Like most of us, Andrea Giraldo looks forward to her first morning cup of coffee. But it’s not just about waking up. For this Pearl River resident, that brew is a daily reminder of her roots: The coffee is her own brand, which sources beans grown on her family’s ancestral farm in Colombia.
The brand, Giraldo Farms, also happens to be a cornerstone of her larger business, A&G Trading, an importer and distributor of specialty foods. Though her focus is on South American products — like fiery habañero sauces and tropical fruits in syrup — Giraldo also carries goods from around the world, like French lentils or dried mushrooms from Italy.
“I distribute anything that is natural, organic, gourmet, or unique,” explains Giraldo, whose offerings include winter and summer truffles (there is a difference) and luxury crabmeat that her clients can’t get enough of, even at $18 a can.
Even from an early age, Giraldo was an international traveler. Born in Manhattan and raised in Orangeburg, she frequently traveled to Colombia as a child to be with family. After earning an associate’s degree in advertising and graphic design at Parsons in New York City, she once again returned to Colombia in 1990. This time it was for a 12-year stretch: She met her husband; had a son; worked in sales and marketing; and dabbled in politics, doing campaign management and fund-raising. Completing the international cycle, the family moved to the U.S. in 2002.
Just two months after transporting all her earthly possessions back to Pearl River, Giraldo heard from friends back in Colombia who wanted her to represent their dried tropical fruit product at the Fancy Food Show in the Javits Center in Manhattan. Even though the dust of her new life had barely settled, Giraldo became the accidental food broker. She soon discovered that representing South American products to an American audience was a perfect match for her talents: “I consider myself not only bilingual, but bi-cultural,” she explains. “I am just as much American as I am Colombian.” As she became conversant in international trade, Giraldo began to build her own distribution business, officially founding A&G Trading in 2004, traveling to industry shows, and even venturing abroad in search of intriguing new products. One memorable trip in pursuit of particularly delectable tuna brought her to Egypt. “The deal fell through, but at least I got to snorkel in the Red Sea,” she says with a laugh.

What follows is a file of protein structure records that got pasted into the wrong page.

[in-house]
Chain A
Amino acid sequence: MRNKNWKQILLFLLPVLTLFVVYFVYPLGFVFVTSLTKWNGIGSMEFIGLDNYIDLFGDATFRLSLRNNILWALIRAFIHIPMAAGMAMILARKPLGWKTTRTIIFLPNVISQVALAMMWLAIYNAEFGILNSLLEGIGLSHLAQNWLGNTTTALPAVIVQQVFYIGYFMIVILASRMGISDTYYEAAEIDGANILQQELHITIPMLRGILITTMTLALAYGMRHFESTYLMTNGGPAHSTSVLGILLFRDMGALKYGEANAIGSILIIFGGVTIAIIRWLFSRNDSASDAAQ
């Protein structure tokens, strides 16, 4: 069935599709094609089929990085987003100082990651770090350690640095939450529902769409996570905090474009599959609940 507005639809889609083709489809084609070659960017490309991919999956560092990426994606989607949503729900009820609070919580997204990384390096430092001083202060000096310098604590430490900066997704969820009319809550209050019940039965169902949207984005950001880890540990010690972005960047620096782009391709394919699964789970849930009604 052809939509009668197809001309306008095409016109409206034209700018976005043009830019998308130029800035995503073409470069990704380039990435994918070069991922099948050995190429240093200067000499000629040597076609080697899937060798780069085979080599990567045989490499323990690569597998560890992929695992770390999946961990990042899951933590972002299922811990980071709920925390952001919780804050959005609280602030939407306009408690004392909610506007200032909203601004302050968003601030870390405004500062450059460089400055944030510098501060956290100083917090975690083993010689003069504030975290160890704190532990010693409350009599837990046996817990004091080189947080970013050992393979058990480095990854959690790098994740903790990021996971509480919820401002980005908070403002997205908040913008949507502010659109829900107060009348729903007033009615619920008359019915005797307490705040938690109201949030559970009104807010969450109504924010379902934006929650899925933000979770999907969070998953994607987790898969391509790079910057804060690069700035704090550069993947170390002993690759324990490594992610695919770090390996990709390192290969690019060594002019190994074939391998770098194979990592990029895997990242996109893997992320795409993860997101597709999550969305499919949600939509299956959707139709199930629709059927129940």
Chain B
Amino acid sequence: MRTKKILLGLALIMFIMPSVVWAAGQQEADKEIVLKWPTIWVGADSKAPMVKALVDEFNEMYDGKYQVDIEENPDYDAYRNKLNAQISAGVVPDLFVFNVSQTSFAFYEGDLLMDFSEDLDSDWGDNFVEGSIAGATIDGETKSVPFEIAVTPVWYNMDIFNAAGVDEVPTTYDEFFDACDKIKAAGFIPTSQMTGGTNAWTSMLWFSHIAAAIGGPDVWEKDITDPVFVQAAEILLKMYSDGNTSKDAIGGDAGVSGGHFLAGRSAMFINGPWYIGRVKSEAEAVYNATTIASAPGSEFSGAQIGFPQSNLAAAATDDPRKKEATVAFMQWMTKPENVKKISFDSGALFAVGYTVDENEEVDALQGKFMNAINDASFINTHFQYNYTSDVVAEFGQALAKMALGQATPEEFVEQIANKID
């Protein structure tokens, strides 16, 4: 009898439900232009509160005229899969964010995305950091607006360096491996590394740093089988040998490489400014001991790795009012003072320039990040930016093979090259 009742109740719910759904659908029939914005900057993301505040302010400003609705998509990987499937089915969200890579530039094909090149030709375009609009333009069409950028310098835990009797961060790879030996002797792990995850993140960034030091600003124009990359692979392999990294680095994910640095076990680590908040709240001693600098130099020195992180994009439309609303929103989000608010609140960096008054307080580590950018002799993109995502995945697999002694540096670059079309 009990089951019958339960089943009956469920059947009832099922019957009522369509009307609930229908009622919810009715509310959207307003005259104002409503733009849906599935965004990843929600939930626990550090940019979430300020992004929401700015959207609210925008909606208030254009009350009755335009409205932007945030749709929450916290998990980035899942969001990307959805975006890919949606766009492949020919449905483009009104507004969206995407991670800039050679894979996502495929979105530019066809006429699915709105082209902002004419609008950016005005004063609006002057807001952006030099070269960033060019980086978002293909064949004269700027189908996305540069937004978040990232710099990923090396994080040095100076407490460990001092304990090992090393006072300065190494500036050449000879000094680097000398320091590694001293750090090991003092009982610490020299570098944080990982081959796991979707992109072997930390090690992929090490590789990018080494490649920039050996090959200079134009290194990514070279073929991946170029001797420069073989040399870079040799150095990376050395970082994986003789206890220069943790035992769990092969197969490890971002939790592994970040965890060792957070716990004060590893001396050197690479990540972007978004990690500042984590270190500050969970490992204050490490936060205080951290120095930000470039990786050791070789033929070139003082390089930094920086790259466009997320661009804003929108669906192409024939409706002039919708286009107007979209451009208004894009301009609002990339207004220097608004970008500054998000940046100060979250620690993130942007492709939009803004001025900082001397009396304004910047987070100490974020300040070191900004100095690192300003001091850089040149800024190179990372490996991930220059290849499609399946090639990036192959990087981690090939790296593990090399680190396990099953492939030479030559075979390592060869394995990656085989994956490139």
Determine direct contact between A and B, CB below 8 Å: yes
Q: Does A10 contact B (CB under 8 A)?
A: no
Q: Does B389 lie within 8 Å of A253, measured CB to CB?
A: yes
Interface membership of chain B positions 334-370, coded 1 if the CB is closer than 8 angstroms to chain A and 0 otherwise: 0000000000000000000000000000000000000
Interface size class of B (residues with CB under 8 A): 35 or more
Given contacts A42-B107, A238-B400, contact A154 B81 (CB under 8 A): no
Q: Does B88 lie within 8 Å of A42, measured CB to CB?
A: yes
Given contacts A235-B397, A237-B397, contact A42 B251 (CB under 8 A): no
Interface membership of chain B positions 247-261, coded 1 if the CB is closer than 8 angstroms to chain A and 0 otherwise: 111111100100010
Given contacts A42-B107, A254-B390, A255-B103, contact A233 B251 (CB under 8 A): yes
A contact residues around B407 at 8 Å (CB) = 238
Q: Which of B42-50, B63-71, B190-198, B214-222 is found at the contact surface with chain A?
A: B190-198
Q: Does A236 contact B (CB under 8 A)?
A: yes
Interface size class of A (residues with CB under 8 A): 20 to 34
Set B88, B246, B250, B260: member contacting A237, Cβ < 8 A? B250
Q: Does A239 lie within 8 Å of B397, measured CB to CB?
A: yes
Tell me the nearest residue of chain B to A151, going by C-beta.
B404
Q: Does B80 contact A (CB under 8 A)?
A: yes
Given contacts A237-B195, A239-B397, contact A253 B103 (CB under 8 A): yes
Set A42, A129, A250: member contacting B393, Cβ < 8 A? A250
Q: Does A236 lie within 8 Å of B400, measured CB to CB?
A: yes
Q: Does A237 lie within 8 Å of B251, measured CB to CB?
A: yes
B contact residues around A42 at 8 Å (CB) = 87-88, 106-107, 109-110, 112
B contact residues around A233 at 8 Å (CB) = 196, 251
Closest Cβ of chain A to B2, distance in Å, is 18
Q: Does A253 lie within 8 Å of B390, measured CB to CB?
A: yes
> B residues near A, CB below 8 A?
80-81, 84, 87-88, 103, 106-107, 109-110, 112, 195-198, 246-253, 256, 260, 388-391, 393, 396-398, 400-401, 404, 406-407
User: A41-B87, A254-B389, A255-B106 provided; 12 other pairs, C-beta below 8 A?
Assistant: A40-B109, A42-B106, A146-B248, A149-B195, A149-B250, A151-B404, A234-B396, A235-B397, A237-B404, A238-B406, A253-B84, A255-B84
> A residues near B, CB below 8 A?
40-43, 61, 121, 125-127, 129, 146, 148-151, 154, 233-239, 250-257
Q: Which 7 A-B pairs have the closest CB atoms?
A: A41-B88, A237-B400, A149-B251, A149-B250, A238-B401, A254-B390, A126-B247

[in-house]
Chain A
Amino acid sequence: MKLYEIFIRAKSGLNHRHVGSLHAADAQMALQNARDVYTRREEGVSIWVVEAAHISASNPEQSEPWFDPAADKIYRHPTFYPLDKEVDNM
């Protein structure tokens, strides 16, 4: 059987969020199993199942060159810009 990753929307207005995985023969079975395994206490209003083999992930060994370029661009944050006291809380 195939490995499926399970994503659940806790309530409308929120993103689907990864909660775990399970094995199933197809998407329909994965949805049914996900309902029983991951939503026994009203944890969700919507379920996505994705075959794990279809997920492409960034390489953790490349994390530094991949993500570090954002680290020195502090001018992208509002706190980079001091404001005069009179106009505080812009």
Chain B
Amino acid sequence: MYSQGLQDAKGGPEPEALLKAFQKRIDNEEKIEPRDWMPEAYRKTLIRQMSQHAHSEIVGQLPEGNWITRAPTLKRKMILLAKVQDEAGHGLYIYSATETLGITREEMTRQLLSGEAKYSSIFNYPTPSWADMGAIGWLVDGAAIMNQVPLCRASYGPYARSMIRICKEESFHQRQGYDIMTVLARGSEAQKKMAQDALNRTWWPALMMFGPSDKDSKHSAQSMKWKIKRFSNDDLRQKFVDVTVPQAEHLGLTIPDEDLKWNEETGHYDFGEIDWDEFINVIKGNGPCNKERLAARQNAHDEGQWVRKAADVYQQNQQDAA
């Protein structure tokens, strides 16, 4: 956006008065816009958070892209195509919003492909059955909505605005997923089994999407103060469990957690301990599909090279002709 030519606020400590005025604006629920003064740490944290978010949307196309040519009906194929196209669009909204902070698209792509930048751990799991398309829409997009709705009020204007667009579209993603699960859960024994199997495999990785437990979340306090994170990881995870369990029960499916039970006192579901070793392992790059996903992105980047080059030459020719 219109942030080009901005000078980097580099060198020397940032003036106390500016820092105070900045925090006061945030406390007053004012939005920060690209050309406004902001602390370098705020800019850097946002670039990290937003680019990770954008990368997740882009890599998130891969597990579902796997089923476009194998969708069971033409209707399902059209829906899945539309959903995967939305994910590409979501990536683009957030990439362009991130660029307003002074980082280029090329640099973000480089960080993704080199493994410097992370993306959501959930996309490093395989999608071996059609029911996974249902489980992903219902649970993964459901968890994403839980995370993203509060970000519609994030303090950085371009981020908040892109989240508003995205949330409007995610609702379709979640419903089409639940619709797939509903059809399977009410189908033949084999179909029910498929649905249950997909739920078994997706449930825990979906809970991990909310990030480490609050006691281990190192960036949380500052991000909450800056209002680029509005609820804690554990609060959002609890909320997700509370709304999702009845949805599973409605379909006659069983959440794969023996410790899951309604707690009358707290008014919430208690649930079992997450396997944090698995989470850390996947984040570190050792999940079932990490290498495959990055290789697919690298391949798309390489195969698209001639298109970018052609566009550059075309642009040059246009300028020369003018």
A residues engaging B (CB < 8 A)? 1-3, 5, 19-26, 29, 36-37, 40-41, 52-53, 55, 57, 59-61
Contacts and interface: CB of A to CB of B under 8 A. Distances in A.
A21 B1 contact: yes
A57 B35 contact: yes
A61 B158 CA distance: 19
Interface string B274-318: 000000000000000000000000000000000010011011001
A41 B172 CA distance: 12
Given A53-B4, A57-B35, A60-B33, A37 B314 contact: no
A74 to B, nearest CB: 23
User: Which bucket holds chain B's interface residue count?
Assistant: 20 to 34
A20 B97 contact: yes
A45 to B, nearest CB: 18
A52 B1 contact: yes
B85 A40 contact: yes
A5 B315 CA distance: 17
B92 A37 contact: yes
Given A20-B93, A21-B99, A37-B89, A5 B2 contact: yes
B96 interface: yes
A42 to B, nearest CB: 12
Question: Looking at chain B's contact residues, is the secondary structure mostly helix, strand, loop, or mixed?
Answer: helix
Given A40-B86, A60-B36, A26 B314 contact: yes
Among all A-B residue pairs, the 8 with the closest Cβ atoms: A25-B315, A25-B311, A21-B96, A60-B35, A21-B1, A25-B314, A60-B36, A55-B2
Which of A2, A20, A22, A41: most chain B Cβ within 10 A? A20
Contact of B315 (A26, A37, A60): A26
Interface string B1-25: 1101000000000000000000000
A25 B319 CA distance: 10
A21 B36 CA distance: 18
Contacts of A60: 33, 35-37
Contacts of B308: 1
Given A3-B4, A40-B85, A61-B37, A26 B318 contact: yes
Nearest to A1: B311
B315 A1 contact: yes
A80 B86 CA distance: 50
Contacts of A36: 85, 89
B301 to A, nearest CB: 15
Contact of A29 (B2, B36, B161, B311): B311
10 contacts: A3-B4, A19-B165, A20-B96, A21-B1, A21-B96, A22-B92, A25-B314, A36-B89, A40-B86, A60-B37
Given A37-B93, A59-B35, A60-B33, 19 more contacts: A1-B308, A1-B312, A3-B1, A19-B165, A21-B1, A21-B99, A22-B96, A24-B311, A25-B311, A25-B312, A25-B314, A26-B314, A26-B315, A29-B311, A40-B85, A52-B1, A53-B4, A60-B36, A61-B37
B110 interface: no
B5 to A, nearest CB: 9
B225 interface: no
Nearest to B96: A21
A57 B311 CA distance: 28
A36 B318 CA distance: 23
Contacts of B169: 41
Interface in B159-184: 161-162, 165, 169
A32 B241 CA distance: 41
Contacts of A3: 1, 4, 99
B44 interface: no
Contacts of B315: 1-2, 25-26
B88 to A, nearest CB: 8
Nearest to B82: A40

By far, one important way of deciding whether a product is right for her company is by testing it in her own kitchen. When Giraldo cooks, her Colombian side dominates. “I peel vegetables and dice up onions and carrots. I use real ingredients. I don’t believe in fast food.”
But when Giraldo works, her American side wins out. “In Colombia, they actually take two-hour lunches. The working day is eight to 12, then two to six. I tend to be a 100-miles-per-hour person, so for me to stop to go have a two-hour lunch would be frustrating sometimes.”
One important way of deciding whether a product is right for her company is by testing it in her own kitchen. When Giraldo cooks, her Colombian side dominates
In fact, Giraldo sometimes begins her day at around 4 a.m. in order to zip into Manhattan ahead of the traffic and take orders at specialty shops and groceries, such as Grace’s Marketplace on the Upper East Side, Zabar’s, and Fairway. She also bops around New Jersey and the Valley to show new products and update orders for her supermarket clients, which include ShopRite and Adams Fairacre Farms. She might even check in on the fulfillment center in Lyndhurst, New Jersey, that receives and stores all her products. By early afternoon she’s back home — not to take a two-hour siesta, but to take her son to soccer practice or do paperwork.
To this day, Colombian companies continue to approach her, and she’s in demand as a speaker on international trade topics, most recently at LaGuardia Community College and at International Trade Day at Touro College in Brooklyn. She has also won several entrepreneurial awards for her efforts to bring ethnic foods of the world to America, including the 2012 Latino Business of the Year award, presented at Rockland Community College; and an Orange and Rockland County Women of Distinction award in 2011.
For the past two years, Giraldo has been busy growing the Giraldo Farms freeze-dried coffee business. Why not flavored coffees? Or individual serving packets? A West Coast presence? “It all takes time,” says Giraldo. Just not quite as much time as it would in Colombia.
Article reposted with permission from Hudson Valley Magazine. Read the full article here.
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